I miss the small business environment, where I could be elbow deep in everything without pissing anyone off or breaking anything. Now I get to look at all the pretty spinning wheels of commerce, but I’m only allowed to touch and muck with the ones in my assigned section (and you’d better believe I muck with them). And I could do so much more damage by touching the wrong thing at the wrong time than I could before, simply because we move like a Destroyer now, rather than a speedboat.

A lot of this is just me whining.  What I really want is a data port, because if I haven’t figured out how to learn things fast enough to keep up by now, I never will.

Blackveil – Kristen Britain

Oh, Kristen Britain. I’m trying very hard not to be one of those readers, but you’re making it very difficult.

Blackveil is the fourth installment in Britain’s Green Rider series, and I find that I still miss the tight storytelling of the first two books. The pacing is just off in these last two.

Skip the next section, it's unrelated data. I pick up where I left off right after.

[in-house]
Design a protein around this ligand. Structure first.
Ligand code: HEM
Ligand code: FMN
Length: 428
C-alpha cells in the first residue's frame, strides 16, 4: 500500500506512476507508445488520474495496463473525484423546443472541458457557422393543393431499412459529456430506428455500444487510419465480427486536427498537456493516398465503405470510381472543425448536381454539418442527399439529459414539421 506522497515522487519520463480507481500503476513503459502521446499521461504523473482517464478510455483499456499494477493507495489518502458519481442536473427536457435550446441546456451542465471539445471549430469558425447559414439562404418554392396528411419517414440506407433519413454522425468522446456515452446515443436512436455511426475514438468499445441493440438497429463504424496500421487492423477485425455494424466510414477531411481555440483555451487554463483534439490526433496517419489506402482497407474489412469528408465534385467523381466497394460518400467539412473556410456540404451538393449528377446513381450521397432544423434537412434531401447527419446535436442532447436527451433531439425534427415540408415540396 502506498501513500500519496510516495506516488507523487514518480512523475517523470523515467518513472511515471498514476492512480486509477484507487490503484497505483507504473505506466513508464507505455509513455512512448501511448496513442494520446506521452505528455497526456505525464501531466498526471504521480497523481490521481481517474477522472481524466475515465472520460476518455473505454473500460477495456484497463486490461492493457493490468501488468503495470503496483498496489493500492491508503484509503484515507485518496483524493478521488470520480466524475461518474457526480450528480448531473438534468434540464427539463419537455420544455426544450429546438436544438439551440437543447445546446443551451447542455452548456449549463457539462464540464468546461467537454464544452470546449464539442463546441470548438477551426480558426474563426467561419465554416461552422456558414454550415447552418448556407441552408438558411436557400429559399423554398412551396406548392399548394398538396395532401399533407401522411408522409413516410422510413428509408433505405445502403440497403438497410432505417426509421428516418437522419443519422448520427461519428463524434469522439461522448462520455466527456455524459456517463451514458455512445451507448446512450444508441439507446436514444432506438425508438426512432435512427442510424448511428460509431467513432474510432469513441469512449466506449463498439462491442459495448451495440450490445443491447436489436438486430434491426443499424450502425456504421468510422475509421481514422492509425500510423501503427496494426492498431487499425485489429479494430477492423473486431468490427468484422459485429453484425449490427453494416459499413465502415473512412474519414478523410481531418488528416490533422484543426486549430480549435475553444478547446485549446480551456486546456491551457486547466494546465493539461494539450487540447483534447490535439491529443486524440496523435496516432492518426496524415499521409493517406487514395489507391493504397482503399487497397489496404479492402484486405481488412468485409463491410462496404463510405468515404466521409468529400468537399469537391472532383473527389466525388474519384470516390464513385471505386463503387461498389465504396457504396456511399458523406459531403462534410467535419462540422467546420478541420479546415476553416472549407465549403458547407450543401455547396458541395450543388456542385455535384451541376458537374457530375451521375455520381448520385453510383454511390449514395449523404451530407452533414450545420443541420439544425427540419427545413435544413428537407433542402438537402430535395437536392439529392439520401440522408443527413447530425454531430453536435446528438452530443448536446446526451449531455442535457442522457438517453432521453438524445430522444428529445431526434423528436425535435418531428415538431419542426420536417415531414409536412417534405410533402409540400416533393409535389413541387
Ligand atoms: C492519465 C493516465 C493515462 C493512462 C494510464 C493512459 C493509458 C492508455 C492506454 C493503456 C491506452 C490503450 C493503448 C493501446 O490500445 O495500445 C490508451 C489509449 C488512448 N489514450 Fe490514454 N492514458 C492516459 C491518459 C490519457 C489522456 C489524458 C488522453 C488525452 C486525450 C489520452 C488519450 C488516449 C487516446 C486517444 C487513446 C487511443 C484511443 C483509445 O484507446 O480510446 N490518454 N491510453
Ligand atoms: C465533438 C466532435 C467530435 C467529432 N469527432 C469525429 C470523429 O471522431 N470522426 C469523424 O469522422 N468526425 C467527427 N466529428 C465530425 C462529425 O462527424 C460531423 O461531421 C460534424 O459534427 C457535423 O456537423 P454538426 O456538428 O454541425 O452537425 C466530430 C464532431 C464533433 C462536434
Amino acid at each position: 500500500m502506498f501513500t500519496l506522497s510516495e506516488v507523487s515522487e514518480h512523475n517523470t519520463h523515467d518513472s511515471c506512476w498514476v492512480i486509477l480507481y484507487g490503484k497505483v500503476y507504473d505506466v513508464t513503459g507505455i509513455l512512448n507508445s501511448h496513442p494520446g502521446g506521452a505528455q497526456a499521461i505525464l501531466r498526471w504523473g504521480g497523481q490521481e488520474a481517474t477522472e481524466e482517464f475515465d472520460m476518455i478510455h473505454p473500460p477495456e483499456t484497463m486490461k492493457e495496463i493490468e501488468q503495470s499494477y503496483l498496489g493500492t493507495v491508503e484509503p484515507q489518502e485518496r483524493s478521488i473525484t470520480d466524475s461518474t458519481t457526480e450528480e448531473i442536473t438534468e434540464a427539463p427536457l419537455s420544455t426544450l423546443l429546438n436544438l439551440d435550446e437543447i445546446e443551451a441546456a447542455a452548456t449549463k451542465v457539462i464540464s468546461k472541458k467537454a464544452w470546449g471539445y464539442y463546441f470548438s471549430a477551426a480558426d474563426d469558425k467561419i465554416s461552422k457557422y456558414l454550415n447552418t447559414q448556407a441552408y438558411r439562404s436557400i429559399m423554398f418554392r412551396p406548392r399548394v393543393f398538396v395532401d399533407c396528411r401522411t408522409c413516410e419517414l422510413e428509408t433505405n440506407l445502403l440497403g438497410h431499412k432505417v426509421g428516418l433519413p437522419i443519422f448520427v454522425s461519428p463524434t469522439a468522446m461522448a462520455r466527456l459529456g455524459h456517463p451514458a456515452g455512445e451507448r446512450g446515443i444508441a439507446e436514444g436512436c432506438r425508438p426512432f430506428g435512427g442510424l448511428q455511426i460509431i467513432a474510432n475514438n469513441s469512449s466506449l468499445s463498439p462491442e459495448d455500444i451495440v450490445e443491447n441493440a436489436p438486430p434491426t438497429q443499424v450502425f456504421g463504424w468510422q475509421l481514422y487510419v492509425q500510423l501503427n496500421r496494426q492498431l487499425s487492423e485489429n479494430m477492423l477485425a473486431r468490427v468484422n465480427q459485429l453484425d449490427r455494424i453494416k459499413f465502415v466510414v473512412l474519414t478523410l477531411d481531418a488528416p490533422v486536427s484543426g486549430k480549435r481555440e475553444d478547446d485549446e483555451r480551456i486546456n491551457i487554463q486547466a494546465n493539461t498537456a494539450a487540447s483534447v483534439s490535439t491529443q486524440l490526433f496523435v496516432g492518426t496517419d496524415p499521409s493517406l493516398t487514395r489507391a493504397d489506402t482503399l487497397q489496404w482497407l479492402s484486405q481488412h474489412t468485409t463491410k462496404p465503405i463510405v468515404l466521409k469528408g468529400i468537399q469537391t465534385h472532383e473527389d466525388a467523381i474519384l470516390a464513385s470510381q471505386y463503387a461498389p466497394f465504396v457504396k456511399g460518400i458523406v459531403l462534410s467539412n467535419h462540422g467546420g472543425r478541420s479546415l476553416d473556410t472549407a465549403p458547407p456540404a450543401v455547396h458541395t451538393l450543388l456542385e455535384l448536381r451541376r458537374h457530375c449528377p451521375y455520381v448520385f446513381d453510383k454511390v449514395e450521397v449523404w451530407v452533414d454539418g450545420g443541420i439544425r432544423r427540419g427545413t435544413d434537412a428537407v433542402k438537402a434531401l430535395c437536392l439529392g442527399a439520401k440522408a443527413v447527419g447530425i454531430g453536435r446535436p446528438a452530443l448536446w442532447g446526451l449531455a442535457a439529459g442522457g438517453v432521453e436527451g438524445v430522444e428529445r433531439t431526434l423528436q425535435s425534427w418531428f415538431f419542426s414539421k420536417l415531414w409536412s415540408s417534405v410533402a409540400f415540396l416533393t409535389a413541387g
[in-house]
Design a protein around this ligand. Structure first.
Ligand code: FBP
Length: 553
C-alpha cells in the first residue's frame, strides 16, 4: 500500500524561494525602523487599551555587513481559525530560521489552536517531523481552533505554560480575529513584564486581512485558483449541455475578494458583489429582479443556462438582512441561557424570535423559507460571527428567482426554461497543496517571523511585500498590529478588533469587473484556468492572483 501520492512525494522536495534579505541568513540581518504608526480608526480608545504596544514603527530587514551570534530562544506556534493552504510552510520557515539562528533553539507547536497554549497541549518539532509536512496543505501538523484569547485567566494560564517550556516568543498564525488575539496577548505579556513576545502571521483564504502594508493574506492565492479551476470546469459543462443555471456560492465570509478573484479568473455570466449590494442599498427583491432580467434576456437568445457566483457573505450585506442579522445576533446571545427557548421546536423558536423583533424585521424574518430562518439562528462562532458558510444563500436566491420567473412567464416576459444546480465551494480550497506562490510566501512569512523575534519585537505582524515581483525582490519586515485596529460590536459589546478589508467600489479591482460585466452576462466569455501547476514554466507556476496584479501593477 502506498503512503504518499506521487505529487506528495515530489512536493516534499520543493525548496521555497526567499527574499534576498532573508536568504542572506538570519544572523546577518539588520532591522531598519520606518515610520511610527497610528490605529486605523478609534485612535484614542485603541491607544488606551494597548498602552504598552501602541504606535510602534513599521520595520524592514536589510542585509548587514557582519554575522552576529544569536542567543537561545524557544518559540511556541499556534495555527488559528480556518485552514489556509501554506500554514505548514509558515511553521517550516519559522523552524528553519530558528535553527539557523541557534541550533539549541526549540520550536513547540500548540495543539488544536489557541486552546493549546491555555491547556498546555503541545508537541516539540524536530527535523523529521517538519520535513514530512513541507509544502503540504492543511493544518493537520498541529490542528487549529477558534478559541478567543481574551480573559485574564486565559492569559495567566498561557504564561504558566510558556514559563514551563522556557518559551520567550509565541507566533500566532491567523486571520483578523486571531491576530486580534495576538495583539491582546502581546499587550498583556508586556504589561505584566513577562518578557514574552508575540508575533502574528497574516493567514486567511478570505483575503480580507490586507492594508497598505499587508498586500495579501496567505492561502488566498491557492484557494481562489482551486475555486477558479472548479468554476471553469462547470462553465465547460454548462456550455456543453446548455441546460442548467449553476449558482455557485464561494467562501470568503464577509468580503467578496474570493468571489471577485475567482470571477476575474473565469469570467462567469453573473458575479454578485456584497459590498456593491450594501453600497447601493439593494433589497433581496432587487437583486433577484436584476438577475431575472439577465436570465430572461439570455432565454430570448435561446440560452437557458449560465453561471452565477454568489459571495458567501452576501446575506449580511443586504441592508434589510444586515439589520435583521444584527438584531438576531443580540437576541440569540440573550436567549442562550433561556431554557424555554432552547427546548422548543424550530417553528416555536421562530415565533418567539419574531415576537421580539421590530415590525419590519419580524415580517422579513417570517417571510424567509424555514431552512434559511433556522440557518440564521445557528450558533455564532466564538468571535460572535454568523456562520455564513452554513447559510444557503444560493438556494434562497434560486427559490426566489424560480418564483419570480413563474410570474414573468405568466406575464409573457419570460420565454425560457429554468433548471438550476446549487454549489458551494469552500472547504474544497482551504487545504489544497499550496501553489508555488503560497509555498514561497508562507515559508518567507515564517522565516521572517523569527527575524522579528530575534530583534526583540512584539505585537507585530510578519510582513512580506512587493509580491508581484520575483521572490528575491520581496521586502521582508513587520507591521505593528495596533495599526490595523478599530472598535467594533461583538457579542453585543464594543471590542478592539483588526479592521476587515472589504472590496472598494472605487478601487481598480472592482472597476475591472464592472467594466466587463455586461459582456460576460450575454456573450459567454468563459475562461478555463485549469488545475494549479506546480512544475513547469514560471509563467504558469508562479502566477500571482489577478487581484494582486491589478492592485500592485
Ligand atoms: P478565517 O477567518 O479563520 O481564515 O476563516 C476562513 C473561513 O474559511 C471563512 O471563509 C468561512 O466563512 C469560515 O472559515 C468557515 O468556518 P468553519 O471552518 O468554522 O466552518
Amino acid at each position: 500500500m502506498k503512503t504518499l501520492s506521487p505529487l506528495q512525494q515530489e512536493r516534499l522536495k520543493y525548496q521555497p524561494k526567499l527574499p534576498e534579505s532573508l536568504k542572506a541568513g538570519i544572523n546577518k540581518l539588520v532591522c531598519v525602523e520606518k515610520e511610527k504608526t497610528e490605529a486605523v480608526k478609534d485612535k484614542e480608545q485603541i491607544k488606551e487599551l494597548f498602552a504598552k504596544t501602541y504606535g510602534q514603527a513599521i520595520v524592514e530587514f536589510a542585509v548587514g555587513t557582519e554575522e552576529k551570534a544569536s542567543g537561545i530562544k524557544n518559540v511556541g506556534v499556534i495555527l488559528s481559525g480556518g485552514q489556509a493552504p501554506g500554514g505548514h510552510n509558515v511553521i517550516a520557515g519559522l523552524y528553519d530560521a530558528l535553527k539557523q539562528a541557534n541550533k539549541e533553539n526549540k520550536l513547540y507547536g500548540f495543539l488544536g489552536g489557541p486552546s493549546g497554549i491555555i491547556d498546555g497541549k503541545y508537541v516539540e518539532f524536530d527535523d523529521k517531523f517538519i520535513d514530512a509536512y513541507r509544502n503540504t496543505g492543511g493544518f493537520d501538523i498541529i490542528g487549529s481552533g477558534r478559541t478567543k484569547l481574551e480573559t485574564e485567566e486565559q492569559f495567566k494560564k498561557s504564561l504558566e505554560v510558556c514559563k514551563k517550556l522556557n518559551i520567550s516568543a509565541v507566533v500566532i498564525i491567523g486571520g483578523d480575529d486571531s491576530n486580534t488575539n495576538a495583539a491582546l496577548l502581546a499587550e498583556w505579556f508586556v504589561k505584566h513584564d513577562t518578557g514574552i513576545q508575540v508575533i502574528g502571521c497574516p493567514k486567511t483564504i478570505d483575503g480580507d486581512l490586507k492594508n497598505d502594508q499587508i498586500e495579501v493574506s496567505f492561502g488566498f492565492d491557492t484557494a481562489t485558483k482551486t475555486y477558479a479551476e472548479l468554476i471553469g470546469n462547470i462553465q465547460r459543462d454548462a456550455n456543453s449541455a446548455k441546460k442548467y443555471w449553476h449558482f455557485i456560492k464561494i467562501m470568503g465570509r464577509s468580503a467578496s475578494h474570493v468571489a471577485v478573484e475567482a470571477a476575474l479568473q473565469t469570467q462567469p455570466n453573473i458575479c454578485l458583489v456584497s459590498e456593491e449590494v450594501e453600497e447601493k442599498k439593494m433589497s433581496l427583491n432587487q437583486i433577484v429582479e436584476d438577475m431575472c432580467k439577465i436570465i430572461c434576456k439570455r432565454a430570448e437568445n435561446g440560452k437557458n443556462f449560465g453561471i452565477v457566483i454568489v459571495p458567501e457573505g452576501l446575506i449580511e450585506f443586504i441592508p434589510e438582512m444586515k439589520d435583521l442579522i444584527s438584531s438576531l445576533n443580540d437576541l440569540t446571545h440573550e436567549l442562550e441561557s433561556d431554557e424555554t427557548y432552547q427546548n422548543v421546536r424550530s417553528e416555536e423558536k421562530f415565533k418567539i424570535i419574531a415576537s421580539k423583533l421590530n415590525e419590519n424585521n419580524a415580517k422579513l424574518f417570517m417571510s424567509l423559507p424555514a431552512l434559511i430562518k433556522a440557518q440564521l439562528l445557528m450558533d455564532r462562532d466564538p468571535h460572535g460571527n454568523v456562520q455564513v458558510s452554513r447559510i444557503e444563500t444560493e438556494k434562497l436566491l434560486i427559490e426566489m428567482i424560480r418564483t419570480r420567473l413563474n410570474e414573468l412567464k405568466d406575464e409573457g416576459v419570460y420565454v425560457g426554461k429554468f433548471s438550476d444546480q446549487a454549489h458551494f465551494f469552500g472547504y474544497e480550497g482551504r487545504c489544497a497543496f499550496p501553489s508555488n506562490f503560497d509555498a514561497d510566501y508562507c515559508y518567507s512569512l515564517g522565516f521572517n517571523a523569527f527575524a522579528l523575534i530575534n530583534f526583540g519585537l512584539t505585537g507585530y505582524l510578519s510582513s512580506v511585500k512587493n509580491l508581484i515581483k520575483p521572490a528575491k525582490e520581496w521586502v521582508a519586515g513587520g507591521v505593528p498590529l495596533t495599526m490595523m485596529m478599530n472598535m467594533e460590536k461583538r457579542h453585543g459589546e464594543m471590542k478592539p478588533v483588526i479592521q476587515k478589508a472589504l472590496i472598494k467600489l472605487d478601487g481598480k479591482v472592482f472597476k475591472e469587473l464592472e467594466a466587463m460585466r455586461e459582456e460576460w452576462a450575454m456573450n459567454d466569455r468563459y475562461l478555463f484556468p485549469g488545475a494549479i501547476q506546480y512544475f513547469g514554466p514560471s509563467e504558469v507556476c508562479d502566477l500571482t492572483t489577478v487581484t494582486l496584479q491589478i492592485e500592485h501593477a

The first half of Blackveil is loaded down with supporting, side-plot, and set-up scenes told in great (and lengthy) detail, many of them long scenes that have no bearing on the larger story arc except to get a Plot Device into Karigan’s hands or wallow in the relationship angst that is slowly taking over many character interactions. Then, the second half rushes through the continuation of series-arc storylines in broad strokes, with the Plot Devices fulfilling their roles on cue. Reading through it, one would think that the center of the series storyarc was the Monarchy and Succession of Sacoridia, and that the fight with a power-hungry Mornhaven wanting to conquer all that is good and just in the world was the side-plot.

Karigan G’ladheon has become something of a destined heroine while we weren’t looking. Instead of being centrally involved because of chance and her own characteristics (gumption, impatience, a strong sense of duty, a clear understanding of right and wrong), she has become a Chosen One.  That sound you just heard? That was my heart breaking a little.